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Hem Nalini Devi Vs. Nishith Nath Kundu, Principal Defendant and anr. - Court Judgment

LegalCrystal Citation
SubjectCivil
CourtKolkata
Decided On
Reported inAIR1939Cal256
AppellantHem Nalini Devi
RespondentNishith Nath Kundu, Principal Defendant and anr.
Excerpt:
- .....natore bank and rice mill ltd. the document was to this effect : 'to the managing agents, bank and rice mills ltd. i borrow from the dinajpur branch office the sum of rs. 100, etc.' afterwards, the natore bank and rice mills ltd., fell into bad position and could not meet all their depositors. thereupon, they held a special meeting of the share-holders whereby they sought the permission of the registrar of joint stock companies that they might pay their creditors by means of promissory notes, bonds and other documents instead of by cash. the registrar by his order dated october 1933, authorized them to meet their debts in that way and further he directed that the principal officer of the company should endorse the transfer of the notes and bonds. thereafter, the promissory note in.....
Judgment:
ORDER

M.C. Ghose, J.

1. This is an application under Section 25, Provincial Small Cause Courts Act, by the plaintiff whose suit on a promissory note has been dismissed by the trial Court. Upon hearing the learned advocates on both sides, it appears that the facts are as follows : On 30th January 1928, opposite party No. 1 borrowed Rs. 100 from the Dinajpur banch office of the Natore Bank and Rice Mill Ltd. The document was to this effect : 'To the managing agents, Bank and Rice Mills Ltd. I borrow from the Dinajpur branch office the sum of Rs. 100, etc.' Afterwards, the Natore Bank and Rice Mills Ltd., fell into bad position and could not meet all their depositors. Thereupon, they held a special meeting of the share-holders whereby they sought the permission of the Registrar of joint stock companies that they might pay their creditors by means of promissory notes, bonds and other documents instead of by cash. The Registrar by his order dated October 1933, authorized them to meet their debts in that way and further he directed that the principal officer of the Company should endorse the transfer of the notes and bonds. Thereafter, the promissory note in question was endorsed by the principal officer of the Natore Bank and Rice Mill Ltd. in favour of the plaintiff. It is said that thereafter in January 1934, the defendant paid Rs. 2 towards interest. The suit was instituted on 15th January 1937.

2. The trial Court dismissed the suit on 'two grounds, firstly, that the holder of the promissory note was not the Bank and Rice Mills Ltd., but their managing agents and as the endorsement was made not by the managing agents but by some one else, the plaintiff has no right to sue on the bond. Secondly, that the plaintiff is the wife of one Tarakeswar Chakravarty who was him self for a time a director of the Dinajpur branch and whose brother was a director of the head office, that they, when the Company was in an insolvent condition, fraudulently transferred the bulk of its assets to the plaintiff and other friends and thereby cheated the other creditors of the Company and in this position the plaintiff is not entitled to a decree against the defendant.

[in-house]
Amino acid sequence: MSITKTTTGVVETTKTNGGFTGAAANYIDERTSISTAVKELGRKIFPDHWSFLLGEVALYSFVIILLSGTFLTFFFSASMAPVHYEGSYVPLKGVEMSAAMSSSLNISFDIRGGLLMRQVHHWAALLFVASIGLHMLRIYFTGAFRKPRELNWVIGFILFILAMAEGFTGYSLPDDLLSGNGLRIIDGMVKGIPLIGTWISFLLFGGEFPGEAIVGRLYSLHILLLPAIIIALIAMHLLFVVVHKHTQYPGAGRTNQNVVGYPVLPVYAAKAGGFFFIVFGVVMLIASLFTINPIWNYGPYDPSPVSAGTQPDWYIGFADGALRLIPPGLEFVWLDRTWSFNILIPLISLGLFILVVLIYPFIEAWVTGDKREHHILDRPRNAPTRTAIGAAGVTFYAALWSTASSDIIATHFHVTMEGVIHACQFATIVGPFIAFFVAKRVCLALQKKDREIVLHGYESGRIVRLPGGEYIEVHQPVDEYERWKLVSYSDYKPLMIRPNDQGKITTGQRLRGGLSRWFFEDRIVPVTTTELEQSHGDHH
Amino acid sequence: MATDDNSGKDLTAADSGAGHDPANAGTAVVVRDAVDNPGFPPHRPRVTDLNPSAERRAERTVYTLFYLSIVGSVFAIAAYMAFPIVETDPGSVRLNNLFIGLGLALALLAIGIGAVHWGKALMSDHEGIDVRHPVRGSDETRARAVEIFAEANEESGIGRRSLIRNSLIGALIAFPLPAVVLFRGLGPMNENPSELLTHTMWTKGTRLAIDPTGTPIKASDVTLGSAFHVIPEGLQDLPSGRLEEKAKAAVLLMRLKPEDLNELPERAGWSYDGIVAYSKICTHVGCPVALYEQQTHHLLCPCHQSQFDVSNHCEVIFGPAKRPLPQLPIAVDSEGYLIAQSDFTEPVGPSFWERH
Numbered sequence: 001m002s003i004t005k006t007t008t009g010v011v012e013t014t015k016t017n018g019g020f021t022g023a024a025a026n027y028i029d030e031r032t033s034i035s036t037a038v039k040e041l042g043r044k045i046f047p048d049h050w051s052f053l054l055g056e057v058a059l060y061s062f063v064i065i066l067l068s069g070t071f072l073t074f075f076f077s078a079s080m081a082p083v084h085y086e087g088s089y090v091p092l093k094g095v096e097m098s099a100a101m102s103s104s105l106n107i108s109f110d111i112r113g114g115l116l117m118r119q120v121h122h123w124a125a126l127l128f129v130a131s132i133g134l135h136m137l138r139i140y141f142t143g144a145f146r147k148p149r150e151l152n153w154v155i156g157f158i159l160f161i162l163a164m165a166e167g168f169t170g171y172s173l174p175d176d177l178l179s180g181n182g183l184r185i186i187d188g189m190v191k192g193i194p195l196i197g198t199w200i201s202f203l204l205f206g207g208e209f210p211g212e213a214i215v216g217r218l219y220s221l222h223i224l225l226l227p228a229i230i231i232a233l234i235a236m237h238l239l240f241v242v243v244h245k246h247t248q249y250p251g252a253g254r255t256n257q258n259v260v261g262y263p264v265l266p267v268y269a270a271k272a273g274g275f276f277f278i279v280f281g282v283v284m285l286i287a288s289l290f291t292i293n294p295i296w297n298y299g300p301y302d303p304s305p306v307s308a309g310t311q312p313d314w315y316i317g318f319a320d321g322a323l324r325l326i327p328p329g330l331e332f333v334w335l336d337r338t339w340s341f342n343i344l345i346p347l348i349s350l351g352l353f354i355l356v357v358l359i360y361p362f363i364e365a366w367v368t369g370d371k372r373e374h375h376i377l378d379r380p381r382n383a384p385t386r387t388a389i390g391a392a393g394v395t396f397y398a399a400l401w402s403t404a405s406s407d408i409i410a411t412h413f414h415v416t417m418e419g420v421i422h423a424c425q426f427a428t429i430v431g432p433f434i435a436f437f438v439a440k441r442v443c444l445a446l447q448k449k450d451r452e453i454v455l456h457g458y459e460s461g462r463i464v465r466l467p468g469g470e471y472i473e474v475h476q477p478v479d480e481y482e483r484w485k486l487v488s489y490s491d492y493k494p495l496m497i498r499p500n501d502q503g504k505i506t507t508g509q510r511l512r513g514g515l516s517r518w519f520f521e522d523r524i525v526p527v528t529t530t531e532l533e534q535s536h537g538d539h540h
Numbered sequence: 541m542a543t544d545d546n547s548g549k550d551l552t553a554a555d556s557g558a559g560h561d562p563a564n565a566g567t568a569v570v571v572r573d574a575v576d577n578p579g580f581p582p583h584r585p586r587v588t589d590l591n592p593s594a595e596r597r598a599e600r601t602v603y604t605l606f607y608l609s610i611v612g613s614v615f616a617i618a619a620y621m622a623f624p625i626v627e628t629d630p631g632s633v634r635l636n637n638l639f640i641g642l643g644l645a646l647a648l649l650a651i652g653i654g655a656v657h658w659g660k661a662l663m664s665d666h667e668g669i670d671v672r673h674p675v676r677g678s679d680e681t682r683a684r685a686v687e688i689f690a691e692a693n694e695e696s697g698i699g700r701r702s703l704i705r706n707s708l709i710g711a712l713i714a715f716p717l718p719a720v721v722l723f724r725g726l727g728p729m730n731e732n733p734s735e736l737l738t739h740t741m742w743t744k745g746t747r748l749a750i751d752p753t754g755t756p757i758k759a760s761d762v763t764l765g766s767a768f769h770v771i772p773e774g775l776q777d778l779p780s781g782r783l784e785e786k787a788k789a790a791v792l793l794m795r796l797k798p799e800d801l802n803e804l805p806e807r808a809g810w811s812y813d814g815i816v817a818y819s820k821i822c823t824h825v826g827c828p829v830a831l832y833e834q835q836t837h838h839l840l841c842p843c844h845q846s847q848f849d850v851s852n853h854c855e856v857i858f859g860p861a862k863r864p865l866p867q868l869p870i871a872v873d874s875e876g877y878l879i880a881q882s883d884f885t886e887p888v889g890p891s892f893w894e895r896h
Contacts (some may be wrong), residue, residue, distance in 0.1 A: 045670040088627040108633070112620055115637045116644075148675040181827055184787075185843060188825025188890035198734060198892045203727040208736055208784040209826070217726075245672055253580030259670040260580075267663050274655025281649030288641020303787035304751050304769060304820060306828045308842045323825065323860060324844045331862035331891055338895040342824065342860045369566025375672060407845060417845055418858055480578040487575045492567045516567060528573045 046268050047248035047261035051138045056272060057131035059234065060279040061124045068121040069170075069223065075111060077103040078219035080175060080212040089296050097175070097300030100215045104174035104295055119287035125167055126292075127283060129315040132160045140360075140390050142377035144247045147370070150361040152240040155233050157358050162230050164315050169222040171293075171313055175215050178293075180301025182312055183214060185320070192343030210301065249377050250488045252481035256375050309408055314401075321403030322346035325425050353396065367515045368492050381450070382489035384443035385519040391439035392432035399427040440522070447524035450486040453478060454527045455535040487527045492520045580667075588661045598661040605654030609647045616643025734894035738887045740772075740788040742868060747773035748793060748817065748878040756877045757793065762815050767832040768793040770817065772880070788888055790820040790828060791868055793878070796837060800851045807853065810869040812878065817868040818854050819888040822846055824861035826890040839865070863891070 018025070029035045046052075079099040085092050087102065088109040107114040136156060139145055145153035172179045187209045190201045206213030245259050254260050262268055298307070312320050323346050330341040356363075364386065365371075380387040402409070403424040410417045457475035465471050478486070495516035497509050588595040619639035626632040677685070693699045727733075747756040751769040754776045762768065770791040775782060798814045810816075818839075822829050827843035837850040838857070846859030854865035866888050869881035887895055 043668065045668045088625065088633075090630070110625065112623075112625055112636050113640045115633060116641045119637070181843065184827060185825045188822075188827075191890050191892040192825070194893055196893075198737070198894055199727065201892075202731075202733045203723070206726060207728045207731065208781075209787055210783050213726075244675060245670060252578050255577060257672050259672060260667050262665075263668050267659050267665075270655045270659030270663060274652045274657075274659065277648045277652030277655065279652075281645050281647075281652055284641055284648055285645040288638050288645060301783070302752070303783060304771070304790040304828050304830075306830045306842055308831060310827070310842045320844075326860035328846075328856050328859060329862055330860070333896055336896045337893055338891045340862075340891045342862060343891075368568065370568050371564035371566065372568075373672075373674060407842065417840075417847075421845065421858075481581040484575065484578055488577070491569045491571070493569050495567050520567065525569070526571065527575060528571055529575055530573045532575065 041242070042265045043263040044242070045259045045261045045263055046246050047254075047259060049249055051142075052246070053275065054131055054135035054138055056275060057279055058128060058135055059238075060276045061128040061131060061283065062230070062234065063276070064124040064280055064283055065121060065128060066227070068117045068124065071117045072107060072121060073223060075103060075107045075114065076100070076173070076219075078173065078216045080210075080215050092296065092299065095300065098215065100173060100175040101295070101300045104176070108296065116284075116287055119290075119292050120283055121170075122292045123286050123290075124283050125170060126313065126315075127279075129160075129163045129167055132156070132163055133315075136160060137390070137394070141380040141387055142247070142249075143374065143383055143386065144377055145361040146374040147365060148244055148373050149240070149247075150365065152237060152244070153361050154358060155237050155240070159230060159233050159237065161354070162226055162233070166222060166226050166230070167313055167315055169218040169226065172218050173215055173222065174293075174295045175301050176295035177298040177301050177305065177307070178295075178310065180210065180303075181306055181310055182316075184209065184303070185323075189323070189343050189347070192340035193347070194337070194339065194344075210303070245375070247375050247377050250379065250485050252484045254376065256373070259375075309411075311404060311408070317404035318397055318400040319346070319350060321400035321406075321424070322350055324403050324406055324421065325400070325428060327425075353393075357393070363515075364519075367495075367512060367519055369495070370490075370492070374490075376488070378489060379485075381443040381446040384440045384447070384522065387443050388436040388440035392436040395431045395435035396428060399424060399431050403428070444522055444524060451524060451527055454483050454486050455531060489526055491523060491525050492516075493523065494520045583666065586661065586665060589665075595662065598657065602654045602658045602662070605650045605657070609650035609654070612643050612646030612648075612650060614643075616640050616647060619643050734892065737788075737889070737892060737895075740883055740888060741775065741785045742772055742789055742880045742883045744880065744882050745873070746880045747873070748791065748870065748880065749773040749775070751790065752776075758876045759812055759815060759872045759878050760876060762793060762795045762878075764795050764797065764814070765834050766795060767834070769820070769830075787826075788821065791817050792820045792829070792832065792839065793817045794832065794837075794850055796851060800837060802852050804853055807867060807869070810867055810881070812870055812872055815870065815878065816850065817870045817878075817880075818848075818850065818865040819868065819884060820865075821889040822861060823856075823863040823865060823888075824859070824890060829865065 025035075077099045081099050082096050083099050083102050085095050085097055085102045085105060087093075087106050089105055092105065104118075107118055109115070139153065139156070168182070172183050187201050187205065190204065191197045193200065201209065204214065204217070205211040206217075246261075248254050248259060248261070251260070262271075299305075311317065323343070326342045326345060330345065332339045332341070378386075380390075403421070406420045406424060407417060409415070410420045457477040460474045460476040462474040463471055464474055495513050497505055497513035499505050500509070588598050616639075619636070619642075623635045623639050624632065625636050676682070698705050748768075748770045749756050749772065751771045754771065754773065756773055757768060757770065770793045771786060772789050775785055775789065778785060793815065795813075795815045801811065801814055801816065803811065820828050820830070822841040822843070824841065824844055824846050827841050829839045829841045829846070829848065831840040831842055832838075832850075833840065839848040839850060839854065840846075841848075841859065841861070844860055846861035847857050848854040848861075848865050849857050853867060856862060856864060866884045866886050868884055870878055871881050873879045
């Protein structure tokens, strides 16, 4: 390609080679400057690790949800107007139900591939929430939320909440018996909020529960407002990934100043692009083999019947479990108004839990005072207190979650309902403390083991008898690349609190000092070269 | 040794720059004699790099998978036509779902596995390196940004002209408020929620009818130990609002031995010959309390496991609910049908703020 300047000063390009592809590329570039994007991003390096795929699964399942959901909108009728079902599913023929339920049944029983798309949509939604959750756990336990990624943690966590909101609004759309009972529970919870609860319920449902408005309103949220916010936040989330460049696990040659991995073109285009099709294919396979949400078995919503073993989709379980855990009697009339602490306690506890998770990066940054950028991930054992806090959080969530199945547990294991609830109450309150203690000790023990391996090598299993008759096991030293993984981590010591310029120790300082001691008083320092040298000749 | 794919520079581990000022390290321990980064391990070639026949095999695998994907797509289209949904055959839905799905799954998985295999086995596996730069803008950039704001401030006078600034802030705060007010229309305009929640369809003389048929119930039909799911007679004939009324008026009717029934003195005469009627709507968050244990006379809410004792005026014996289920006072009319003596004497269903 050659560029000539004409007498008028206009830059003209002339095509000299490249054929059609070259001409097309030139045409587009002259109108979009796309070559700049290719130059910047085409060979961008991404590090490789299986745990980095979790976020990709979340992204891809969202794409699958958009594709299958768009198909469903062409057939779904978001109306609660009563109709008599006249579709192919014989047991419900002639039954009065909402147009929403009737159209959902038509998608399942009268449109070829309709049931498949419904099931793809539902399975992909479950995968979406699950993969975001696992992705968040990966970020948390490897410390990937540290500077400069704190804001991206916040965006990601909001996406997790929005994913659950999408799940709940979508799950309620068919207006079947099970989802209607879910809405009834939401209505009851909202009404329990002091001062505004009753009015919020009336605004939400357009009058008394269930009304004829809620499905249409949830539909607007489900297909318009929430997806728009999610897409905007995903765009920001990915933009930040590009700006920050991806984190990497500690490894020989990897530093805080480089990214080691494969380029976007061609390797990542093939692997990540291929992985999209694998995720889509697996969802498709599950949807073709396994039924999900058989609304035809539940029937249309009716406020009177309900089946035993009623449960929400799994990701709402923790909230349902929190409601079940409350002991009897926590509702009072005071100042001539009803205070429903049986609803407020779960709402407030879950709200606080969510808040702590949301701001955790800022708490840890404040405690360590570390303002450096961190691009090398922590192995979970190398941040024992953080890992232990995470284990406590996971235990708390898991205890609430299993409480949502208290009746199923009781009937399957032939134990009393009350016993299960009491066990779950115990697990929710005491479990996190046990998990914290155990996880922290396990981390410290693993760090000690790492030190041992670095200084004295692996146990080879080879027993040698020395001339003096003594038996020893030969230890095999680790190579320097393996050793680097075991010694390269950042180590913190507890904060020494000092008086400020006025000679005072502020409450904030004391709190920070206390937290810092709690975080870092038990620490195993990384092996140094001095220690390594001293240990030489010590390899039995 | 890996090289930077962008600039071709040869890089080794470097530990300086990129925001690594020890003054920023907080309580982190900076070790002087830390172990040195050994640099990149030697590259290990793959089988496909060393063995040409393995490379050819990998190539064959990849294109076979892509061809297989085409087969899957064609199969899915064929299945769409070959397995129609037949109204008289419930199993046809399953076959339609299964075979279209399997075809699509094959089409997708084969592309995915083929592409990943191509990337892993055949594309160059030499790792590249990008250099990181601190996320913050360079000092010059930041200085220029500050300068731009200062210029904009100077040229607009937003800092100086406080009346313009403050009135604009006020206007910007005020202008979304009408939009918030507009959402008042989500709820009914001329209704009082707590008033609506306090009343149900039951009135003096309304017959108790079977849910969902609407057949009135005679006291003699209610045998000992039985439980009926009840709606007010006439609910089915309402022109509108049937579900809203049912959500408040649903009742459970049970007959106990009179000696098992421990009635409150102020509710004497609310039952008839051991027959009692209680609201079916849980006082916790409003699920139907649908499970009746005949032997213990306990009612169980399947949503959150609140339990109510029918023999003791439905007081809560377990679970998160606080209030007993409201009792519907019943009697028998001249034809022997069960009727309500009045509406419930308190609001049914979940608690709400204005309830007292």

3. On the first point, the trial Court is clearly wrong. On a fair reading of the document, it is clear that the money was borrowed by the defendant from the Dinajpur branch office of Natore Bank and Rice Mills Ltd. The document was executed in favour of the managing agents of the said Bank and Rice Mills. This did not mean that the managing agents were the holders of the promissory note but the Natore Bank and Rice Mills were the holders. The money was paid by their branch office and they were the holders. The managing agents who had authority to accept documents on their behalf accepted these promissory 'notes on their behalf. Afterwards when the Company were in an insolvent position, they with the authority of the Registrar transferred these promissory notes along with numerous other notes and bonds to different creditors and they were endorsed by the principal officer of the Company. The plaintiff is therefore entitled to sue on the bond unless the suit can be resisted on the second ground, namely that she fraudulently obtained this bond. As to the fraud, what is alleged here is not that the Company, who were defendant 2 in the suit, ware defrauded by the plaintiff but that the Company gave undue preference to the plaintiff and thereby defrauded their other creditors. If the Company defrauded their other creditors of whom, it is said, the principal defendant is one, it is open to them to go to the proper Court against the Company, have them declared insolvent and ask the Court to order them to bring back to the Court all their assets including those which they fraudulently transferred to their creditors. But in this case, where the defendant is the debtor in respect of a promissory note of Rs. 100, it is not for him to raise that question of fraud and ask for an adjudication of the matter in this Court. He is clearly bound to pay this debt. If there has been a fraud, let him proceed with the other creditors in the proper Court. He cannot avoid paying his just debt by raising a cloudy issue of the fraud. The rule is made absolute. The plaintiff's suit will be decreed with costs, hearing fee in this Court being assessed at one gold mohur.


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